Inequities in health care across cultures are something ARCS Scholar William Mundo understands very well.
As a child born in the United States to undocumented parents from Mexico, William and his family experienced disparities between their poverty-stricken Latin X community and access to health care from “big city” health clinics.
Now a fourth-year medical student at the University of Colorado, , Mundo is using his childhood challenges to help people in similar situations. He shared his story in a recently published book, From Margins to Medicine: A First-Generation Student Health Equity Guide on Overcoming Adversity with Diversity.
“It's a guide for first-generation people to understand the importance of public health, and how it intersects with multiple areas of our society, such as education, transportation, the criminal justice system, and more,” he explained. “I write about the social determinants of health, what it means and looks like in real life. I want the book to provide inspiration and hope for people who may be facing similar circumstances that I did as a child.”
ARCS Scholar William Mundo working in the Maternal-Infant Hospital in Bolivia. Here he is extracting placental blood and preparing it to be analyzed for epigenetic biomarkers to explore the link between high-altitude fetal exposure and pulmonary hypertension. Photo courtesy of William Mundo
A Call to Action
Mundo grew up in the small, mountainous community of Leadville, Colorado, where access to affordable healthcare was hard to come by for his family and many of his neighbors who were also poor, undocumented immigrants.
His father was known as a “cuandero” or healer within the Latin culture. A young William remembers watching people come to their home, seeking medical care and advice from his dad. Those patients often paid Mundo’s father with baskets of fruit or homemade goods. Money was scarce and fear of deportation, along with language barriers and cultural differences, kept many people, including Mundo’s family, from seeking medical assistance at local health clinics.
A young William Mundo sits on his father’s lap. William’s father was a “cuandero” – or traditional healer in the Latin X community. Sadly, William’s father died shortly after his son started working on his undergraduate degree at the University of Colorado, Denver. The first step of William’s dream of becoming a physician. Photo courtesy of William Mundo
As a young child, Mundo hoped to follow in his father’s footsteps and help those who have limited access to health care.
Now, he’s doing both. Currently, a fourth-year medical student, Mundo is studying to become a physician, specializing in emergency and academic medicine. The latter will allow him to conduct research on infectious diseases, global health, and public health policies.
Communities in Crisis
Mundo’s research and childhood experiences served him well as COVID-19 swept across the nation in 2020.
Mundo joined other physicians in studying how to diagnose and treat the virus—and discovered a trend in the case data. The infection and death rates from COVID-19 were higher in Latin X communities, Mundo said.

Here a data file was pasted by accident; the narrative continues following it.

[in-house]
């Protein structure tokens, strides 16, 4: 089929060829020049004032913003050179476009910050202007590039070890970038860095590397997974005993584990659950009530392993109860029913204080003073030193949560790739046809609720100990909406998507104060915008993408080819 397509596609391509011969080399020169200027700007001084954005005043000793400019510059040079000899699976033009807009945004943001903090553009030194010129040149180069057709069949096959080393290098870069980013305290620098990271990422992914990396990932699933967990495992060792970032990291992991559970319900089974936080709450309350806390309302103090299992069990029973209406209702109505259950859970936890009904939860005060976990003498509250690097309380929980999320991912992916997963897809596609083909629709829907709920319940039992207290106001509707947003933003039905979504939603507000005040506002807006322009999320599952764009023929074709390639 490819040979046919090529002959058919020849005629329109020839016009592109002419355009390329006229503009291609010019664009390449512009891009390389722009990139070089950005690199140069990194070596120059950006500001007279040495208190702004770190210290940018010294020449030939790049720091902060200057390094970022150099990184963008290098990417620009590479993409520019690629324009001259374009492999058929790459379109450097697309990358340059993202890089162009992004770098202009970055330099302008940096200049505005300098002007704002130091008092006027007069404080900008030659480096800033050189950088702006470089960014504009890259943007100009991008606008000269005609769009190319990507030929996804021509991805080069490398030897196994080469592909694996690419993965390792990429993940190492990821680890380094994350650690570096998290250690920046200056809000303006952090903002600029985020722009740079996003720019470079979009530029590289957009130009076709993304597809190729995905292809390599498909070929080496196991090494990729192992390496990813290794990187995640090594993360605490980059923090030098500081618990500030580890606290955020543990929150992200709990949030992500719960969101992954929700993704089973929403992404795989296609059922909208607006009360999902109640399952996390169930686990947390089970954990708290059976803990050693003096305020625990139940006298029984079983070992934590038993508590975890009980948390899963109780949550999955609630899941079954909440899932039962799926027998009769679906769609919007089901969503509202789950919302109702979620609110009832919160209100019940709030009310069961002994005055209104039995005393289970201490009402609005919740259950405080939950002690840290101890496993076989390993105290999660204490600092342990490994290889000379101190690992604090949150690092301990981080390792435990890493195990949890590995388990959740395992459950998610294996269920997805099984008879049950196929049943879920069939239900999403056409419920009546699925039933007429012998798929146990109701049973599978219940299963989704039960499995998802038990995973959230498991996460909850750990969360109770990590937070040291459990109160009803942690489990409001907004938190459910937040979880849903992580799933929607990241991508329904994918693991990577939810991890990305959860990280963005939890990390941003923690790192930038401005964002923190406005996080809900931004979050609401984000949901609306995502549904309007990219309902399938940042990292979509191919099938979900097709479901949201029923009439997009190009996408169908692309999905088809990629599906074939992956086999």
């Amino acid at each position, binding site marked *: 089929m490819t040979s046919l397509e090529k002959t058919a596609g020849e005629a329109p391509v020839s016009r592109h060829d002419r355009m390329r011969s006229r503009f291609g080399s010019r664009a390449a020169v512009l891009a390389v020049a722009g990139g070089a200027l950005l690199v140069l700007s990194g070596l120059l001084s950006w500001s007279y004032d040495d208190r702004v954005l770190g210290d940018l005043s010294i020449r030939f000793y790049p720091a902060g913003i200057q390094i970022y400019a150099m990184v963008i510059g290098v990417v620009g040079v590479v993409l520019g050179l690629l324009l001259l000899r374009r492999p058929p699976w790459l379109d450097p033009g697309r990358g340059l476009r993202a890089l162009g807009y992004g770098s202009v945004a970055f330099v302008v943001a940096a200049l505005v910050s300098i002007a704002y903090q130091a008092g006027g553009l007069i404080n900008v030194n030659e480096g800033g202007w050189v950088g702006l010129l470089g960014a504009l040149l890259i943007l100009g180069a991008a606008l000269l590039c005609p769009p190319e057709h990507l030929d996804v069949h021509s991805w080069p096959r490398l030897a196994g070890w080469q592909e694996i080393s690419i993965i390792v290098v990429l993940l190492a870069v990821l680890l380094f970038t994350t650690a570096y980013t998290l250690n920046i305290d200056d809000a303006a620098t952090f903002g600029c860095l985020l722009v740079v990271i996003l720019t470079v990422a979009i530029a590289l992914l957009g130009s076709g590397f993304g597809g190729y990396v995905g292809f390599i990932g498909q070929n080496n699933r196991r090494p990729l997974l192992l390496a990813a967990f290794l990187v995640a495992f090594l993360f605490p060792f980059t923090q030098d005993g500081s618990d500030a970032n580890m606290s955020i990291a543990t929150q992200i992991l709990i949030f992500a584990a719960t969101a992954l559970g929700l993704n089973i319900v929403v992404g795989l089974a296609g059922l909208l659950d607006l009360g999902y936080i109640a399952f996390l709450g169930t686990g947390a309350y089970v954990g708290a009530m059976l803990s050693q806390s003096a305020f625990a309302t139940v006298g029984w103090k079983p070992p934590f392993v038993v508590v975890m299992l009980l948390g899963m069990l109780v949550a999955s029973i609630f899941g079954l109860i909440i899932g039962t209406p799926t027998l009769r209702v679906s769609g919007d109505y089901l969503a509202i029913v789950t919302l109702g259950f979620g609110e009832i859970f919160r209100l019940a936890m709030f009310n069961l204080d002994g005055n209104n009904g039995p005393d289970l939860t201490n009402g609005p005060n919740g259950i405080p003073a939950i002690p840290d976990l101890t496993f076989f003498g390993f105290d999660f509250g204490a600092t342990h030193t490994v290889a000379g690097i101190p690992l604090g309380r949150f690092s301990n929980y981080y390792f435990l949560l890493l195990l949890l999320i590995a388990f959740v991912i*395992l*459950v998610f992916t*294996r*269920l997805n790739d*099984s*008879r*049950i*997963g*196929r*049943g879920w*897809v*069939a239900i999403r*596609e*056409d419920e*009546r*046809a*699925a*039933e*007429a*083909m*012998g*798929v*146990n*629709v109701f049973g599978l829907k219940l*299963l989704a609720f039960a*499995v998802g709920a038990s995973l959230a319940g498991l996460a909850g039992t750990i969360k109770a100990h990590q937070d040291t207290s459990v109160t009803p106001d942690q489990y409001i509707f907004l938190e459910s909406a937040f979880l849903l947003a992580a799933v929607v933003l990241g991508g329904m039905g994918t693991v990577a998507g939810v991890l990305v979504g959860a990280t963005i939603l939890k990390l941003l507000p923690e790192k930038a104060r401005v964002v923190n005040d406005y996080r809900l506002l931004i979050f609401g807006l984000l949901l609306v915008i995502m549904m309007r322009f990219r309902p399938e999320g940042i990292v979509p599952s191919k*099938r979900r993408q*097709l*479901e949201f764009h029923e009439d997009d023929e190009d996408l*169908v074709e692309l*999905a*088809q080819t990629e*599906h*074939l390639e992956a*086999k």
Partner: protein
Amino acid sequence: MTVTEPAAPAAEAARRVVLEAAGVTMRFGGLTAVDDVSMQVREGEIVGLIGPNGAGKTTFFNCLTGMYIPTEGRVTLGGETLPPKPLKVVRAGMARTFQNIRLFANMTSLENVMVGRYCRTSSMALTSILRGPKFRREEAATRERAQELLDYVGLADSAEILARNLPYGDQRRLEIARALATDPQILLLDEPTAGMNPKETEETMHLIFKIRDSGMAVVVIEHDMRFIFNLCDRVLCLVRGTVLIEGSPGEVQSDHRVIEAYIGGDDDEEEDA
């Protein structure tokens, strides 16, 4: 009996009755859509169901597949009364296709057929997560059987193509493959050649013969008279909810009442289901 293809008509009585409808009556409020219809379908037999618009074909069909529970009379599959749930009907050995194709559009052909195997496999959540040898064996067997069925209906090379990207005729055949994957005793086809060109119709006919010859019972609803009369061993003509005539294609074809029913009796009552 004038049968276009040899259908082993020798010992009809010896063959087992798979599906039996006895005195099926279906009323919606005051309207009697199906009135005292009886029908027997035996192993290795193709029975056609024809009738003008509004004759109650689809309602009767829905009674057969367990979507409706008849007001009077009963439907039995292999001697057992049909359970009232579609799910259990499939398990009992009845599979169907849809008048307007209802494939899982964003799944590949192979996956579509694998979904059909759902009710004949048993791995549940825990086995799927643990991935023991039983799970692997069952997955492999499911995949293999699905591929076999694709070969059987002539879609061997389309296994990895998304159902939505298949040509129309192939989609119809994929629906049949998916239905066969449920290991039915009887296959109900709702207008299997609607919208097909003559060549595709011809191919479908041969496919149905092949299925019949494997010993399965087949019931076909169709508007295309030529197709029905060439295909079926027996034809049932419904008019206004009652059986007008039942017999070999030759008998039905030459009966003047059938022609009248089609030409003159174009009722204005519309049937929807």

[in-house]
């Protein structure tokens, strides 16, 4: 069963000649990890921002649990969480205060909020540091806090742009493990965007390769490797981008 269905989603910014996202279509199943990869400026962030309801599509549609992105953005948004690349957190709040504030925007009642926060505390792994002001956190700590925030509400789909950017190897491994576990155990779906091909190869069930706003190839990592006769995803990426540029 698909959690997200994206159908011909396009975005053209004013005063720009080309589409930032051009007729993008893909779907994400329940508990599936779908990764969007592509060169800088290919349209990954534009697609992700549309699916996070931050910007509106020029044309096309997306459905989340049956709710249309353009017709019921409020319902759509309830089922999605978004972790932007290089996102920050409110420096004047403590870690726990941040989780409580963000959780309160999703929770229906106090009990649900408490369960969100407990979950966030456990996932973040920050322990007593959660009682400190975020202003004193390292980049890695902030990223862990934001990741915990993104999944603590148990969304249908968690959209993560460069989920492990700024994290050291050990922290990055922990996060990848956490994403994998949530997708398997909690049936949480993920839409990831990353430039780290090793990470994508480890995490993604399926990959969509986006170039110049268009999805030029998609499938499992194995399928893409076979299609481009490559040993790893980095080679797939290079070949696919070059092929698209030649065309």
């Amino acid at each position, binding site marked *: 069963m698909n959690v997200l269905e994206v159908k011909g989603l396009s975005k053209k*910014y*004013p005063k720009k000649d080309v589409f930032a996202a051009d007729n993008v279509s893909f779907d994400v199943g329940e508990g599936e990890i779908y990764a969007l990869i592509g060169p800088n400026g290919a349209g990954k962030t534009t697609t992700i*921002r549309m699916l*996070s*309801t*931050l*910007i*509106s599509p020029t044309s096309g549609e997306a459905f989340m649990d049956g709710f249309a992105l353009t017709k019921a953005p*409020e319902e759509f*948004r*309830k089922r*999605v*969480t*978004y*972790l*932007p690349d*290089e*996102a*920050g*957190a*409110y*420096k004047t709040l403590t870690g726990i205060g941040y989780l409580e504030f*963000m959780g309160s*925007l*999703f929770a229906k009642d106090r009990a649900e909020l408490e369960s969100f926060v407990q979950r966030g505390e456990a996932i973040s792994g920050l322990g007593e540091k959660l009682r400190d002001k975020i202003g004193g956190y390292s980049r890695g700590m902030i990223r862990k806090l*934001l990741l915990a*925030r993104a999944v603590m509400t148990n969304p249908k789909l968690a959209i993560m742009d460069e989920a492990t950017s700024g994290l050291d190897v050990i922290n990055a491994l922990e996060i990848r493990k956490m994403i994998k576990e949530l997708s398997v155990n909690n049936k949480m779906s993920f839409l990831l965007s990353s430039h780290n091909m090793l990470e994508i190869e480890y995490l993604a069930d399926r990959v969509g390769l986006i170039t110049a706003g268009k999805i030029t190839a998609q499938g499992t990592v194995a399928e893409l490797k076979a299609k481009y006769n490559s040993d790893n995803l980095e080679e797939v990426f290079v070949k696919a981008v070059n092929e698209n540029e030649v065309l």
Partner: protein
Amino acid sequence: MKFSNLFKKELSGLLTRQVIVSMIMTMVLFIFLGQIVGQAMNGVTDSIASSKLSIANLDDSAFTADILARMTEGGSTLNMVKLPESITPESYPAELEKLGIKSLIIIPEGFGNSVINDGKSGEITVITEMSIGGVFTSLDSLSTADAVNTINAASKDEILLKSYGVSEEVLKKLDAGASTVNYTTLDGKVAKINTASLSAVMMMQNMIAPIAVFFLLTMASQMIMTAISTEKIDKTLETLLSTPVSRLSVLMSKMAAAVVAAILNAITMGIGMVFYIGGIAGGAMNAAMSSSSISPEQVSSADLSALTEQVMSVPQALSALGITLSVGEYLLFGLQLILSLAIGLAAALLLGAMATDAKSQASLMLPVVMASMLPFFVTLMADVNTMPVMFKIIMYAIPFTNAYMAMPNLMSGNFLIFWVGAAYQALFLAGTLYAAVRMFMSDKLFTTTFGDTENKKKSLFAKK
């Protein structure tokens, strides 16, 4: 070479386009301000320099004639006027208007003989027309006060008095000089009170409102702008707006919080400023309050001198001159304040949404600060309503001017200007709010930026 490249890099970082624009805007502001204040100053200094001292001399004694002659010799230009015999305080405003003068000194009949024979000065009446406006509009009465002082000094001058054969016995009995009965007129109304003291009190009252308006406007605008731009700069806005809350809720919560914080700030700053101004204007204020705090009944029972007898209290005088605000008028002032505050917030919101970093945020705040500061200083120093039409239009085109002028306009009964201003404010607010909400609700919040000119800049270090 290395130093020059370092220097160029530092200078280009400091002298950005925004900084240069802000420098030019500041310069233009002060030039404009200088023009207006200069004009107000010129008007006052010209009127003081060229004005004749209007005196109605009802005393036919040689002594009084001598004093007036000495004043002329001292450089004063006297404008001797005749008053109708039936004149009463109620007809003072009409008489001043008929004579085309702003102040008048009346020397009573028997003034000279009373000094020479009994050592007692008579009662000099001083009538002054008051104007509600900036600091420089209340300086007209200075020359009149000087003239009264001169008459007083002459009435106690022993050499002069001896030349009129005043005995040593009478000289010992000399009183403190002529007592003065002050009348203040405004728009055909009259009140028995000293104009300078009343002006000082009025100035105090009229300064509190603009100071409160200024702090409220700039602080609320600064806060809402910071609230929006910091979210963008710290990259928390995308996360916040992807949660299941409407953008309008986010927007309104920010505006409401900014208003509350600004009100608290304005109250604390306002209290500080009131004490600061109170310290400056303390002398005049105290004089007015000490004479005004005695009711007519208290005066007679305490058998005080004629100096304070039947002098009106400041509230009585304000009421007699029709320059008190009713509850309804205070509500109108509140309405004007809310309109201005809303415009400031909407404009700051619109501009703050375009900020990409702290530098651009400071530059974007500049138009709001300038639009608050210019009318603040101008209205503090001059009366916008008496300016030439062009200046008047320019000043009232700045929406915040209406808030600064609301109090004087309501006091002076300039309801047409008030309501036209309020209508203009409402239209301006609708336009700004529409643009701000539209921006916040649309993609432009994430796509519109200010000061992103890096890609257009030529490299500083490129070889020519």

He and a team of colleagues set out to determine why people in Latin communities were both infected and dying at disproportionate rates compared to other areas. The team interviewed several Latin X patients who were hospitalized due to COVID-19.
According to Mundo, the results included factors, such as language and education barriers in learning about the virus, fear of not being able to pay for medical care and misconceptions of potentially being detained and deported.
“So, when patients became ill with COVID-19, many people stayed home and became sicker because they didn’t have the necessary medicine and equipment, like a ventilator, to keep them alive,” Mundo explained.
The team’s discoveries were published in two separate papers, titled “Frontline Interdisciplinary Clinicians Perspectives on Caring for Patients with COVID” and “Experiences of Latinx Individuals Hospitalized for COVID.”
The latter research project was published in the Journal of American Medical Association (JAMA) earlier this year. “The paper has already informed a lot of hospitals and clinics on how to approach conversations about COVID-19 with Latin X communities to help reduce the rate of infection. And hopefully, that translates to a reduction of mortality as well,” he stated.
A Promising Future
Mundo became an ARCS Scholar Award recipient in 2020. He said the ARCS award helped launch his career in research, specifically when it came to publishing his studies, including the article in JAMA.
“The ARCS Scholar Award was the catalyst to help me finish my articles and publish my research for others to read,” he stated.
Mundo will graduate with a doctorate in medicine in May 2022. He will then move into the residency portion of his career, where Mundo hopes to continue bridging the gap between underrepresented communities and the healthcare system.